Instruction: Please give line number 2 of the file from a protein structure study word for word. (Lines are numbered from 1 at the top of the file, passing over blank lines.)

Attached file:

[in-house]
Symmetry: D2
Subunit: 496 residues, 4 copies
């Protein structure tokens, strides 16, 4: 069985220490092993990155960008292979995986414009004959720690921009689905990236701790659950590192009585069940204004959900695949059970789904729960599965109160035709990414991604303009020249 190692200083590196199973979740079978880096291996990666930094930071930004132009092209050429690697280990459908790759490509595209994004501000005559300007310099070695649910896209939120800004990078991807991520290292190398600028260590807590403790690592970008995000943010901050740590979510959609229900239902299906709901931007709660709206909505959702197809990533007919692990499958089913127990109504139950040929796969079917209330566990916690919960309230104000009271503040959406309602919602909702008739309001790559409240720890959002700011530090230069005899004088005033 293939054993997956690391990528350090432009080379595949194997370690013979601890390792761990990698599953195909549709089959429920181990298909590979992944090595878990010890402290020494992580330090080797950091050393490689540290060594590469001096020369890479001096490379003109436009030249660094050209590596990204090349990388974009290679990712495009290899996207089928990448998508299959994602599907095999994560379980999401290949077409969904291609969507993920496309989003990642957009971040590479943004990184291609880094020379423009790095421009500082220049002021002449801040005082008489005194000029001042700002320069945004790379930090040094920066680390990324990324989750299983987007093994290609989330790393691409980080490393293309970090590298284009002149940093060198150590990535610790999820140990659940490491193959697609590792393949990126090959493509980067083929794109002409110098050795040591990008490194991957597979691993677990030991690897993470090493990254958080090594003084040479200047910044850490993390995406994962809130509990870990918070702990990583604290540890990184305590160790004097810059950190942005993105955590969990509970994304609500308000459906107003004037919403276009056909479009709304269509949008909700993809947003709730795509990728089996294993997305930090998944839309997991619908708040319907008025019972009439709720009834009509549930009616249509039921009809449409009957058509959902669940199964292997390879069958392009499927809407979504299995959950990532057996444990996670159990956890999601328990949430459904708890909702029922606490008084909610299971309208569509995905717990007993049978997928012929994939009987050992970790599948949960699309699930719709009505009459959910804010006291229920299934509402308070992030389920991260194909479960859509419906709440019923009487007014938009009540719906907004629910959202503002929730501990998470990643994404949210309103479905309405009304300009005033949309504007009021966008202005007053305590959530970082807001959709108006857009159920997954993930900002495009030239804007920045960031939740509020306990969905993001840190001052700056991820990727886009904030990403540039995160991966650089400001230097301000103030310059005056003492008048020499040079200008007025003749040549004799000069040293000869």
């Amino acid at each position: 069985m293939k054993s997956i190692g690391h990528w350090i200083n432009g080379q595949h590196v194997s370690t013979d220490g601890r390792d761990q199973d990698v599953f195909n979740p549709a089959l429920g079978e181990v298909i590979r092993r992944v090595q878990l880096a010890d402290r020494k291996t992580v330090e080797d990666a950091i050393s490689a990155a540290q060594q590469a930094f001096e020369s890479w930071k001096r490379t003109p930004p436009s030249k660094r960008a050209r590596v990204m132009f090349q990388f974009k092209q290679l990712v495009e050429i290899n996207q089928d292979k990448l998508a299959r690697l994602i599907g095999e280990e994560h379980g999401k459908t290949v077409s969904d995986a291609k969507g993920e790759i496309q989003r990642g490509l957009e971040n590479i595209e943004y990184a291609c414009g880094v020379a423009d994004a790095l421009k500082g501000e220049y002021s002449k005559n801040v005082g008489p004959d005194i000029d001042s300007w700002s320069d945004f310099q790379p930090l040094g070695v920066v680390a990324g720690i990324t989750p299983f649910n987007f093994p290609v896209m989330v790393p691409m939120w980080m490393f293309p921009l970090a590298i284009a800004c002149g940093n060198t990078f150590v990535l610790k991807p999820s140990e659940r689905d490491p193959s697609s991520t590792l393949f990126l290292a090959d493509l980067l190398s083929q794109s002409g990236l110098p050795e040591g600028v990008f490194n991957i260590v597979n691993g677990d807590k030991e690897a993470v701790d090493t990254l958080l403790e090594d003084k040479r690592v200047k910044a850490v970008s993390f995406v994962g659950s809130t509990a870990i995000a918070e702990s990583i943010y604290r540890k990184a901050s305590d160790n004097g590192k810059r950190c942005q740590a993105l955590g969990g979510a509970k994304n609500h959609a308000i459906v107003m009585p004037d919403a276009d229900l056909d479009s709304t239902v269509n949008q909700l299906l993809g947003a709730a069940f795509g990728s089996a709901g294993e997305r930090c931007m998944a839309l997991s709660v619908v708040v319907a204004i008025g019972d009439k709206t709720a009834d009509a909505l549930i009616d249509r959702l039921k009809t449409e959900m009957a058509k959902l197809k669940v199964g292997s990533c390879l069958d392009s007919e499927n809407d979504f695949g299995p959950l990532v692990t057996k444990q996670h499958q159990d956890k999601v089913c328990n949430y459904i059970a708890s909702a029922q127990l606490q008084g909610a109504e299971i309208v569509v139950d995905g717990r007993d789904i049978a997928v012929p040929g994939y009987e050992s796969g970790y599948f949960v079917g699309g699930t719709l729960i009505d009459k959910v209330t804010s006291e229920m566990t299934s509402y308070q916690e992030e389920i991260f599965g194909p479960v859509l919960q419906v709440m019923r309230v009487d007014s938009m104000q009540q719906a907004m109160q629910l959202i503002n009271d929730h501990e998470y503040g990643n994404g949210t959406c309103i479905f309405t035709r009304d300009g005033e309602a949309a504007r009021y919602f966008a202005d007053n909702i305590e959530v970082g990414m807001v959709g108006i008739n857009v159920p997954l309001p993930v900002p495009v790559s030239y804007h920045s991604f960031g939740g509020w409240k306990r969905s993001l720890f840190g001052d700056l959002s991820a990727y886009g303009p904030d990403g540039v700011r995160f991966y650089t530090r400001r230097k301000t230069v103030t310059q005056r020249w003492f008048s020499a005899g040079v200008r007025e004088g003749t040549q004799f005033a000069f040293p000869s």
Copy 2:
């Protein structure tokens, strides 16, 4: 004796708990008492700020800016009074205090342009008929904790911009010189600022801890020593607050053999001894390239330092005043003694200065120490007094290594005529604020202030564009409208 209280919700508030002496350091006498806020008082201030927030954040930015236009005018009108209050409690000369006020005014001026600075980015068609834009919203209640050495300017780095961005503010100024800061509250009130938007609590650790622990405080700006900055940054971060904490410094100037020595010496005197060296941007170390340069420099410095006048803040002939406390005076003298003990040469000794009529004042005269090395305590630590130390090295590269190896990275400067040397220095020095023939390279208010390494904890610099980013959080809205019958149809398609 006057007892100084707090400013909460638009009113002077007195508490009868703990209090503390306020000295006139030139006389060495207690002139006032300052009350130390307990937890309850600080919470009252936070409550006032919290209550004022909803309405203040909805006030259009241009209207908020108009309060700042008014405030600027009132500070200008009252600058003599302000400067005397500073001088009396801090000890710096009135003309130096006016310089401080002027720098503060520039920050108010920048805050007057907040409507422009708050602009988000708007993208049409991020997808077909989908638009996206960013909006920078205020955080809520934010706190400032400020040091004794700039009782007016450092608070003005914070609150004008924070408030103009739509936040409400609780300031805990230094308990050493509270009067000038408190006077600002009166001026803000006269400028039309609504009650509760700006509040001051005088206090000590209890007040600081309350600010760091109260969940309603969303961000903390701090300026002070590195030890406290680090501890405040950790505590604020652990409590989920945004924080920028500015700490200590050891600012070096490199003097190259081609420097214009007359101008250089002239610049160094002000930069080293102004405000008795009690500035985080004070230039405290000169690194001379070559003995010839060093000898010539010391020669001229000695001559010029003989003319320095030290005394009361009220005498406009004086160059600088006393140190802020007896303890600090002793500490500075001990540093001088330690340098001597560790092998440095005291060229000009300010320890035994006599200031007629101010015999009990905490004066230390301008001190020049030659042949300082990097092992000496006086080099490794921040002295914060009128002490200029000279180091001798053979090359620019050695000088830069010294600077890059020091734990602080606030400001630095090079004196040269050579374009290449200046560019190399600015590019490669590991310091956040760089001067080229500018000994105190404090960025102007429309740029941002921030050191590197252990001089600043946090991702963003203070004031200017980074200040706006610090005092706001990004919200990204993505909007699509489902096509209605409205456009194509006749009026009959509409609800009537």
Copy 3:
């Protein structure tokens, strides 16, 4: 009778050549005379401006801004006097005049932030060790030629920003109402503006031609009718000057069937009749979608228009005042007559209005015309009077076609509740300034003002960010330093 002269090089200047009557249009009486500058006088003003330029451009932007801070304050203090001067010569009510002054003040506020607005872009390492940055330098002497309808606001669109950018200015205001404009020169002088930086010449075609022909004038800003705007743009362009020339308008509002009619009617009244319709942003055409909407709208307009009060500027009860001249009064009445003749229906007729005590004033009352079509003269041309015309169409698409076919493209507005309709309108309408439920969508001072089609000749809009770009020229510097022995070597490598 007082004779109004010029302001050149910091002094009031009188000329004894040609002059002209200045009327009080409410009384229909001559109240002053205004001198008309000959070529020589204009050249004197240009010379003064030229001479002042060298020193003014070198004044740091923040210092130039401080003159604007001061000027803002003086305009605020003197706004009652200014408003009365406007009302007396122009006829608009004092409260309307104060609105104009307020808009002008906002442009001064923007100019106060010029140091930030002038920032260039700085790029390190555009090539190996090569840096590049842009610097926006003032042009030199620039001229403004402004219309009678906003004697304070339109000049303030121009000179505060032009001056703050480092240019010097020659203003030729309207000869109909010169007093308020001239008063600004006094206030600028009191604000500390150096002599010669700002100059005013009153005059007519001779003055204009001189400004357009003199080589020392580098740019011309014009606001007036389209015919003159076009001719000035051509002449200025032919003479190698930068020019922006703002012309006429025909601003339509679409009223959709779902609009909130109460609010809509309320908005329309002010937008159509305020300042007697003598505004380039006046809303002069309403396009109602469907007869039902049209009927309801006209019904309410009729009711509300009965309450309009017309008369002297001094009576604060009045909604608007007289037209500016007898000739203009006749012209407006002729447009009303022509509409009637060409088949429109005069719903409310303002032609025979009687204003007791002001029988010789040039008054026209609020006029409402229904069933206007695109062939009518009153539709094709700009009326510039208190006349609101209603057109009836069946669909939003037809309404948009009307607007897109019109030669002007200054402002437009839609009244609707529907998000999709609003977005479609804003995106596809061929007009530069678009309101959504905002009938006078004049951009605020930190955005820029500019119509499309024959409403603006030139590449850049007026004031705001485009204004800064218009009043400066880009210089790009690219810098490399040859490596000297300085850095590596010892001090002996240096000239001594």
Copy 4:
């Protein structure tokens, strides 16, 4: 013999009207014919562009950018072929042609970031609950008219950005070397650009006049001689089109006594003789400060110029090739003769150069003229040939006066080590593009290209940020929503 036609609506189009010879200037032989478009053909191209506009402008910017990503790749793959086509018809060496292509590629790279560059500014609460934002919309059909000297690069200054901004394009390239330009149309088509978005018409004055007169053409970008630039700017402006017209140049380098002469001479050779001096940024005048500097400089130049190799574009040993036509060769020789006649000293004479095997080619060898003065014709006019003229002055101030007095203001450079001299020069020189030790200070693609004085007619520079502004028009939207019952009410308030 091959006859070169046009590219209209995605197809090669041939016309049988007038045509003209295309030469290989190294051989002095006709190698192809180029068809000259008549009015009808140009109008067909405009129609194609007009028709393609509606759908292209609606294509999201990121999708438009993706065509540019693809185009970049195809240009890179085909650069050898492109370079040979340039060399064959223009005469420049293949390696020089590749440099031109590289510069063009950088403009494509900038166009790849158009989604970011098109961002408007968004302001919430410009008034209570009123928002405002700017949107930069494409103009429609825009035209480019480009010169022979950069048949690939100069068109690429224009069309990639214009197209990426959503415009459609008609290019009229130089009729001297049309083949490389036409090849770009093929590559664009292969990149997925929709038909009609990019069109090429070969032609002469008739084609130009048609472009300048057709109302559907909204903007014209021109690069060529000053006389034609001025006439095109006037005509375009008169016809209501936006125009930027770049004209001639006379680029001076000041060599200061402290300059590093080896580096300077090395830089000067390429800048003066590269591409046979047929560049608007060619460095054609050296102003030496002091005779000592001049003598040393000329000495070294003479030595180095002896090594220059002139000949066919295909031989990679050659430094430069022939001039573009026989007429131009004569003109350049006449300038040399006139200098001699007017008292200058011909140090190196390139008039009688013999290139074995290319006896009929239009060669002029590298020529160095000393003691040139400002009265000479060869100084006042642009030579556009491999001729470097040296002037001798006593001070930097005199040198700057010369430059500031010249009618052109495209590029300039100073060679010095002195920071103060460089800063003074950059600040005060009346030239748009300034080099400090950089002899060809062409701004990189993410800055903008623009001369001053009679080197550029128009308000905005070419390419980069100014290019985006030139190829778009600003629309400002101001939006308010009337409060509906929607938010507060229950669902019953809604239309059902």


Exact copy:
Symmetry: D2